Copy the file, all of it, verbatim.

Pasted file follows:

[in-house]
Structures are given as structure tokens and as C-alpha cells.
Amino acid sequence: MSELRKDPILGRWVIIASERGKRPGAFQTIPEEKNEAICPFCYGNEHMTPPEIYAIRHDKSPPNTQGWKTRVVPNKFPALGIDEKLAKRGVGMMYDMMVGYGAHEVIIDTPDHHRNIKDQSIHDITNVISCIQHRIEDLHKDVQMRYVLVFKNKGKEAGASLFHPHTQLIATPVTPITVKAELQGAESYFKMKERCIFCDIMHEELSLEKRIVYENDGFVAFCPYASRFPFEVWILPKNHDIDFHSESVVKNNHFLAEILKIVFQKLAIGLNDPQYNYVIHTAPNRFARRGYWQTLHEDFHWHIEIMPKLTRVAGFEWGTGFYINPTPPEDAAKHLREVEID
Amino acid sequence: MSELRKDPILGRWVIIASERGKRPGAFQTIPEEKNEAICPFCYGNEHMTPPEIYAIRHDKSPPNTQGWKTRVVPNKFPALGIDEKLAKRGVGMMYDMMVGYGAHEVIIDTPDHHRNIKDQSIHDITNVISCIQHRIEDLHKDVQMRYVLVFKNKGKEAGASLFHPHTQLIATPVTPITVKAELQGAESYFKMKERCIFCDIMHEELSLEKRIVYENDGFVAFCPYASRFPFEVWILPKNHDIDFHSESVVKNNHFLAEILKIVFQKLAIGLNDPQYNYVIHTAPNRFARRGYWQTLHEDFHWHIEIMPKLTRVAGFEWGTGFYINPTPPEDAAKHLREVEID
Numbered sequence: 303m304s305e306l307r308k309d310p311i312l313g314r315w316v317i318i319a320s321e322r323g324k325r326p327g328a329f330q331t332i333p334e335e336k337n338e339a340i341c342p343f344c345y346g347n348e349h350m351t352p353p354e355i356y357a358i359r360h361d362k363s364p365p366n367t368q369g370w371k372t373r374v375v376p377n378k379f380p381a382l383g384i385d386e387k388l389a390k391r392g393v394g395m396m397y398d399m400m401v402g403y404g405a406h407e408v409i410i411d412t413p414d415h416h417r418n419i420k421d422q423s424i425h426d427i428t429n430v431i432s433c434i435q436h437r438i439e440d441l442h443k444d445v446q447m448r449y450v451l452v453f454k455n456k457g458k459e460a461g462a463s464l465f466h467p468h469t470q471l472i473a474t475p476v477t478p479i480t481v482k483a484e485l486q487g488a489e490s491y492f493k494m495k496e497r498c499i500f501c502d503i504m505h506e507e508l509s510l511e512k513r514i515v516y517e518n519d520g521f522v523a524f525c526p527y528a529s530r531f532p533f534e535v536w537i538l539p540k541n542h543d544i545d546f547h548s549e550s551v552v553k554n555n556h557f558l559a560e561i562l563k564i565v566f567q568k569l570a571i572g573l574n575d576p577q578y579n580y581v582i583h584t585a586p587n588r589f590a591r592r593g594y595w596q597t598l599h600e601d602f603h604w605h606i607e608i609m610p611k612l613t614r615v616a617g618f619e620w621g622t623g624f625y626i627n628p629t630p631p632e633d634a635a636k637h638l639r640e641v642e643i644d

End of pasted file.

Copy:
[in-house]
Structures are given as structure tokens and as C-alpha cells.
Amino acid sequence: MSELRKDPILGRWVIIASERGKRPGAFQTIPEEKNEAICPFCYGNEHMTPPEIYAIRHDKSPPNTQGWKTRVVPNKFPALGIDEKLAKRGVGMMYDMMVGYGAHEVIIDTPDHHRNIKDQSIHDITNVISCIQHRIEDLHKDVQMRYVLVFKNKGKEAGASLFHPHTQLIATPVTPITVKAELQGAESYFKMKERCIFCDIMHEELSLEKRIVYENDGFVAFCPYASRFPFEVWILPKNHDIDFHSESVVKNNHFLAEILKIVFQKLAIGLNDPQYNYVIHTAPNRFARRGYWQTLHEDFHWHIEIMPKLTRVAGFEWGTGFYINPTPPEDAAKHLREVEID
Amino acid sequence: MSELRKDPILGRWVIIASERGKRPGAFQTIPEEKNEAICPFCYGNEHMTPPEIYAIRHDKSPPNTQGWKTRVVPNKFPALGIDEKLAKRGVGMMYDMMVGYGAHEVIIDTPDHHRNIKDQSIHDITNVISCIQHRIEDLHKDVQMRYVLVFKNKGKEAGASLFHPHTQLIATPVTPITVKAELQGAESYFKMKERCIFCDIMHEELSLEKRIVYENDGFVAFCPYASRFPFEVWILPKNHDIDFHSESVVKNNHFLAEILKIVFQKLAIGLNDPQYNYVIHTAPNRFARRGYWQTLHEDFHWHIEIMPKLTRVAGFEWGTGFYINPTPPEDAAKHLREVEID
Numbered sequence: 303m304s305e306l307r308k309d310p311i312l313g314r315w316v317i318i319a320s321e322r323g324k325r326p327g328a329f330q331t332i333p334e335e336k337n338e339a340i341c342p343f344c345y346g347n348e349h350m351t352p353p354e355i356y357a358i359r360h361d362k363s364p365p366n367t368q369g370w371k372t373r374v375v376p377n378k379f380p381a382l383g384i385d386e387k388l389a390k391r392g393v394g395m396m397y398d399m400m401v402g403y404g405a406h407e408v409i410i411d412t413p414d415h416h417r418n419i420k421d422q423s424i425h426d427i428t429n430v431i432s433c434i435q436h437r438i439e440d441l442h443k444d445v446q447m448r449y450v451l452v453f454k455n456k457g458k459e460a461g462a463s464l465f466h467p468h469t470q471l472i473a474t475p476v477t478p479i480t481v482k483a484e485l486q487g488a489e490s491y492f493k494m495k496e497r498c499i500f501c502d503i504m505h506e507e508l509s510l511e512k513r514i515v516y517e518n519d520g521f522v523a524f525c526p527y528a529s530r531f532p533f534e535v536w537i538l539p540k541n542h543d544i545d546f547h548s549e550s551v552v553k554n555n556h557f558l559a560e561i562l563k564i565v566f567q568k569l570a571i572g573l574n575d576p577q578y579n580y581v582i583h584t585a586p587n588r589f590a591r592r593g594y595w596q597t598l599h600e601d602f603h604w605h606i607e608i609m610p611k612l613t614r615v616a617g618f619e620w621g622t623g624f625y626i627n628p629t630p631p632e633d634a635a636k637h638l639r640e641v642e643i644d